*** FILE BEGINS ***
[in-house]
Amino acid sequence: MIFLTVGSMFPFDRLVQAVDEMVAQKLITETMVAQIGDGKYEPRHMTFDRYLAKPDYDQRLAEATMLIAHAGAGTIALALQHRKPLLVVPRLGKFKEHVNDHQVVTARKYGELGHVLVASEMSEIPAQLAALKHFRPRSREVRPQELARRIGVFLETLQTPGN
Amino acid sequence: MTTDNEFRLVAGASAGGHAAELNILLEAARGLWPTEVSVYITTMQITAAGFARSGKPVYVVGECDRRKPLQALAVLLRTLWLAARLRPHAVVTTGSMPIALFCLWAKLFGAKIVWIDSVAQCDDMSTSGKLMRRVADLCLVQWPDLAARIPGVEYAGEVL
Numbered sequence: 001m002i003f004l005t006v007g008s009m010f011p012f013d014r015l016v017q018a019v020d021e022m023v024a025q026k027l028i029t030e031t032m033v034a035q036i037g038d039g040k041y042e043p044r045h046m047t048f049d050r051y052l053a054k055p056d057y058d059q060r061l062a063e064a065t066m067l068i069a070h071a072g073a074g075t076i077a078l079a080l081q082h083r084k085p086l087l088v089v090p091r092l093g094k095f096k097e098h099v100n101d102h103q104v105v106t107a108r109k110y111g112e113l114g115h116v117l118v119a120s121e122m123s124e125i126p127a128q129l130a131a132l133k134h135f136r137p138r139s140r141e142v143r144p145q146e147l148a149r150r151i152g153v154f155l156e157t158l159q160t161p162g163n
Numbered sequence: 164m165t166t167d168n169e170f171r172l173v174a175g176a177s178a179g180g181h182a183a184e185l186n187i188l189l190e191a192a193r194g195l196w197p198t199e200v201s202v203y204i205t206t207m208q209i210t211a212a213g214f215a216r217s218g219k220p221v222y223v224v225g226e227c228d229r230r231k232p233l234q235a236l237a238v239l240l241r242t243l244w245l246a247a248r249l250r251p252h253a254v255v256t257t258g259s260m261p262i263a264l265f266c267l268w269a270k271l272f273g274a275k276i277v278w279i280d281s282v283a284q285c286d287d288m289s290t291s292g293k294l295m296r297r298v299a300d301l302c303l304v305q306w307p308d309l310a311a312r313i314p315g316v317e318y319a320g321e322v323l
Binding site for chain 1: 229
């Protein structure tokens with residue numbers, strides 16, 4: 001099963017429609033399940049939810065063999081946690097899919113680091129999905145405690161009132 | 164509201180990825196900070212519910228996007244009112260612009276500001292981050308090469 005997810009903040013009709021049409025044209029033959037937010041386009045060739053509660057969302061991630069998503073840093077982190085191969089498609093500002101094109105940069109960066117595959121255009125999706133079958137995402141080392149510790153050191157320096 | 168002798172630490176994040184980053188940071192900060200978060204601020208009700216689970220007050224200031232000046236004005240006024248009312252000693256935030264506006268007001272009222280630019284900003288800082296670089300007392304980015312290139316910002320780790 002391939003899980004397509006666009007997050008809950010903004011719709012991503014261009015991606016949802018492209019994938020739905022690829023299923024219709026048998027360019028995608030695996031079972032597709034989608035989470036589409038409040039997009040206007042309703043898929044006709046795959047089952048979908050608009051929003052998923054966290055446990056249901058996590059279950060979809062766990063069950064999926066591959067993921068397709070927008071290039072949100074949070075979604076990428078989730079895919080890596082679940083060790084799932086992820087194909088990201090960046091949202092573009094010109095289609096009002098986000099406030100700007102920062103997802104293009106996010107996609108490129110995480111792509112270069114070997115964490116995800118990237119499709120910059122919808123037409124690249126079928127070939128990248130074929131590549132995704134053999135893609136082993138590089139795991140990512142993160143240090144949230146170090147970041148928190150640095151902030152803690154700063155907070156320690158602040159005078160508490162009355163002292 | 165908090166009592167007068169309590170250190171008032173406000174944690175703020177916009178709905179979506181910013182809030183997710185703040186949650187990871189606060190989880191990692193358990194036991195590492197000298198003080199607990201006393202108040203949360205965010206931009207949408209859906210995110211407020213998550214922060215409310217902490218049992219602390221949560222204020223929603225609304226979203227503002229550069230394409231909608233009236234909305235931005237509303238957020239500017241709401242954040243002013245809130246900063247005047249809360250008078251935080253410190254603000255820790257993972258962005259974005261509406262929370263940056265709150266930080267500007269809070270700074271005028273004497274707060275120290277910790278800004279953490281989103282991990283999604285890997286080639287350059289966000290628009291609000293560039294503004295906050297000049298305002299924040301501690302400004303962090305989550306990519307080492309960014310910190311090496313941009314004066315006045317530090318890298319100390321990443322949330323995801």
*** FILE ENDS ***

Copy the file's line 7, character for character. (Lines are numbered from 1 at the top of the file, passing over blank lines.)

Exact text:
């Protein structure tokens with residue numbers, strides 16, 4: 001099963017429609033399940049939810065063999081946690097899919113680091129999905145405690161009132 | 164509201180990825196900070212519910228996007244009112260612009276500001292981050308090469 005997810009903040013009709021049409025044209029033959037937010041386009045060739053509660057969302061991630069998503073840093077982190085191969089498609093500002101094109105940069109960066117595959121255009125999706133079958137995402141080392149510790153050191157320096 | 168002798172630490176994040184980053188940071192900060200978060204601020208009700216689970220007050224200031232000046236004005240006024248009312252000693256935030264506006268007001272009222280630019284900003288800082296670089300007392304980015312290139316910002320780790 002391939003899980004397509006666009007997050008809950010903004011719709012991503014261009015991606016949802018492209019994938020739905022690829023299923024219709026048998027360019028995608030695996031079972032597709034989608035989470036589409038409040039997009040206007042309703043898929044006709046795959047089952048979908050608009051929003052998923054966290055446990056249901058996590059279950060979809062766990063069950064999926066591959067993921068397709070927008071290039072949100074949070075979604076990428078989730079895919080890596082679940083060790084799932086992820087194909088990201090960046091949202092573009094010109095289609096009002098986000099406030100700007102920062103997802104293009106996010107996609108490129110995480111792509112270069114070997115964490116995800118990237119499709120910059122919808123037409124690249126079928127070939128990248130074929131590549132995704134053999135893609136082993138590089139795991140990512142993160143240090144949230146170090147970041148928190150640095151902030152803690154700063155907070156320690158602040159005078160508490162009355163002292 | 165908090166009592167007068169309590170250190171008032173406000174944690175703020177916009178709905179979506181910013182809030183997710185703040186949650187990871189606060190989880191990692193358990194036991195590492197000298198003080199607990201006393202108040203949360205965010206931009207949408209859906210995110211407020213998550214922060215409310217902490218049992219602390221949560222204020223929603225609304226979203227503002229550069230394409231909608233009236234909305235931005237509303238957020239500017241709401242954040243002013245809130246900063247005047249809360250008078251935080253410190254603000255820790257993972258962005259974005261509406262929370263940056265709150266930080267500007269809070270700074271005028273004497274707060275120290277910790278800004279953490281989103282991990283999604285890997286080639287350059289966000290628009291609000293560039294503004295906050297000049298305002299924040301501690302400004303962090305989550306990519307080492309960014310910190311090496313941009314004066315006045317530090318890298319100390321990443322949330323995801």